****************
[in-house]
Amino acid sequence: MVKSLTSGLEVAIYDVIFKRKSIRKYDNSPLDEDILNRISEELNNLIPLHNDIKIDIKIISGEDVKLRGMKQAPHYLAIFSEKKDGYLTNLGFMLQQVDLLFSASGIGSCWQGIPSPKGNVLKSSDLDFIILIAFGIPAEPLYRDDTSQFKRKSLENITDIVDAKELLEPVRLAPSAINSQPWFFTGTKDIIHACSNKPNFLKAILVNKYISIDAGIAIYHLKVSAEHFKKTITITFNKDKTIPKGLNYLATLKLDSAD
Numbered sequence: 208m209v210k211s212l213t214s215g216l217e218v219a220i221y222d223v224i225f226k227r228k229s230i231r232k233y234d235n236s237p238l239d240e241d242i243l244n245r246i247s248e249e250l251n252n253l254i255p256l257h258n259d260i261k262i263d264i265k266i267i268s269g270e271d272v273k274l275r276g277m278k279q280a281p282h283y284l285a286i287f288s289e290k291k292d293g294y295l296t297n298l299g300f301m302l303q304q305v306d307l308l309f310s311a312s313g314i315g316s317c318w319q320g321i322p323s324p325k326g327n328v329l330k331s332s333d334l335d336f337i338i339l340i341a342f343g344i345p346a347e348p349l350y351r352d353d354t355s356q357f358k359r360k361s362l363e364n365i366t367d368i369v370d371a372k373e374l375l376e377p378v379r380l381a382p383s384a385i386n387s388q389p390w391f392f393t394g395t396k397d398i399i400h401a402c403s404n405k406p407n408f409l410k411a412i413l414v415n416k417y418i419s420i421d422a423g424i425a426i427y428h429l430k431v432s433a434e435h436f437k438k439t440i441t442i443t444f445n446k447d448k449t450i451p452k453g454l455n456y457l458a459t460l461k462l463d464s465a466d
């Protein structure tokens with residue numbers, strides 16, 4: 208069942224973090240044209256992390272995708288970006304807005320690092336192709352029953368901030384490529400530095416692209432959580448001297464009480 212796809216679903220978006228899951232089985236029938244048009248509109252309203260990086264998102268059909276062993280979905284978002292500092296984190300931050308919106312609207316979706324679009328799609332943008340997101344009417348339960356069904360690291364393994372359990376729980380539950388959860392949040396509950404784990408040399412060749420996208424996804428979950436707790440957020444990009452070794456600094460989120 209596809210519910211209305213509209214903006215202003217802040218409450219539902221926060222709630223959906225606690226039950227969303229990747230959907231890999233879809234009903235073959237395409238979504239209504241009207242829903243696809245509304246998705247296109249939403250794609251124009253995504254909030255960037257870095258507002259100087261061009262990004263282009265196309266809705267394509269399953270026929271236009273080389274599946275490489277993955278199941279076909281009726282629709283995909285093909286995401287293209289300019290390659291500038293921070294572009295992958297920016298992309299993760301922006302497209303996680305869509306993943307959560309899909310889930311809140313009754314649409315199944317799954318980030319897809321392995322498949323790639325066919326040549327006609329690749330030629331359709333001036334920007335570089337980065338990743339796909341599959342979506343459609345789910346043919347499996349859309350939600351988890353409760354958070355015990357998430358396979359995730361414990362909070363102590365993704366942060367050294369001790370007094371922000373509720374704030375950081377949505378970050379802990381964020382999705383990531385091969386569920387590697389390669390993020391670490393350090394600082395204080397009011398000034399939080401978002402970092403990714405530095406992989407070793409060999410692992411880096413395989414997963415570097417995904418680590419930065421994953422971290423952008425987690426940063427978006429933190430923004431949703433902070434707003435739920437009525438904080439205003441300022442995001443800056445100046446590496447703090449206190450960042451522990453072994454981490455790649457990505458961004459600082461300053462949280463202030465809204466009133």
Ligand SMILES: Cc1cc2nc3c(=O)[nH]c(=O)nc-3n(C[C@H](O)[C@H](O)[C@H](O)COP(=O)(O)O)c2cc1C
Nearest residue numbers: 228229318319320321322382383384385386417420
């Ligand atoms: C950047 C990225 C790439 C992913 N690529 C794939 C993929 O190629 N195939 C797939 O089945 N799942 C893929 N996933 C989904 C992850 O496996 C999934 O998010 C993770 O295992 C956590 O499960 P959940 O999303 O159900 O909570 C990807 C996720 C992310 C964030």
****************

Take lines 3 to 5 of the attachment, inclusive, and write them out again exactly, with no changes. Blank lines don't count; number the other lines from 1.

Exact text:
Numbered sequence: 208m209v210k211s212l213t214s215g216l217e218v219a220i221y222d223v224i225f226k227r228k229s230i231r232k233y234d235n236s237p238l239d240e241d242i243l244n245r246i247s248e249e250l251n252n253l254i255p256l257h258n259d260i261k262i263d264i265k266i267i268s269g270e271d272v273k274l275r276g277m278k279q280a281p282h283y284l285a286i287f288s289e290k291k292d293g294y295l296t297n298l299g300f301m302l303q304q305v306d307l308l309f310s311a312s313g314i315g316s317c318w319q320g321i322p323s324p325k326g327n328v329l330k331s332s333d334l335d336f337i338i339l340i341a342f343g344i345p346a347e348p349l350y351r352d353d354t355s356q357f358k359r360k361s362l363e364n365i366t367d368i369v370d371a372k373e374l375l376e377p378v379r380l381a382p383s384a385i386n387s388q389p390w391f392f393t394g395t396k397d398i399i400h401a402c403s404n405k406p407n408f409l410k411a412i413l414v415n416k417y418i419s420i421d422a423g424i425a426i427y428h429l430k431v432s433a434e435h436f437k438k439t440i441t442i443t444f445n446k447d448k449t450i451p452k453g454l455n456y457l458a459t460l461k462l463d464s465a466d
């Protein structure tokens with residue numbers, strides 16, 4: 208069942224973090240044209256992390272995708288970006304807005320690092336192709352029953368901030384490529400530095416692209432959580448001297464009480 212796809216679903220978006228899951232089985236029938244048009248509109252309203260990086264998102268059909276062993280979905284978002292500092296984190300931050308919106312609207316979706324679009328799609332943008340997101344009417348339960356069904360690291364393994372359990376729980380539950388959860392949040396509950404784990408040399412060749420996208424996804428979950436707790440957020444990009452070794456600094460989120 209596809210519910211209305213509209214903006215202003217802040218409450219539902221926060222709630223959906225606690226039950227969303229990747230959907231890999233879809234009903235073959237395409238979504239209504241009207242829903243696809245509304246998705247296109249939403250794609251124009253995504254909030255960037257870095258507002259100087261061009262990004263282009265196309266809705267394509269399953270026929271236009273080389274599946275490489277993955278199941279076909281009726282629709283995909285093909286995401287293209289300019290390659291500038293921070294572009295992958297920016298992309299993760301922006302497209303996680305869509306993943307959560309899909310889930311809140313009754314649409315199944317799954318980030319897809321392995322498949323790639325066919326040549327006609329690749330030629331359709333001036334920007335570089337980065338990743339796909341599959342979506343459609345789910346043919347499996349859309350939600351988890353409760354958070355015990357998430358396979359995730361414990362909070363102590365993704366942060367050294369001790370007094371922000373509720374704030375950081377949505378970050379802990381964020382999705383990531385091969386569920387590697389390669390993020391670490393350090394600082395204080397009011398000034399939080401978002402970092403990714405530095406992989407070793409060999410692992411880096413395989414997963415570097417995904418680590419930065421994953422971290423952008425987690426940063427978006429933190430923004431949703433902070434707003435739920437009525438904080439205003441300022442995001443800056445100046446590496447703090449206190450960042451522990453072994454981490455790649457990505458961004459600082461300053462949280463202030465809204466009133």
Ligand SMILES: Cc1cc2nc3c(=O)[nH]c(=O)nc-3n(C[C@H](O)[C@H](O)[C@H](O)COP(=O)(O)O)c2cc1C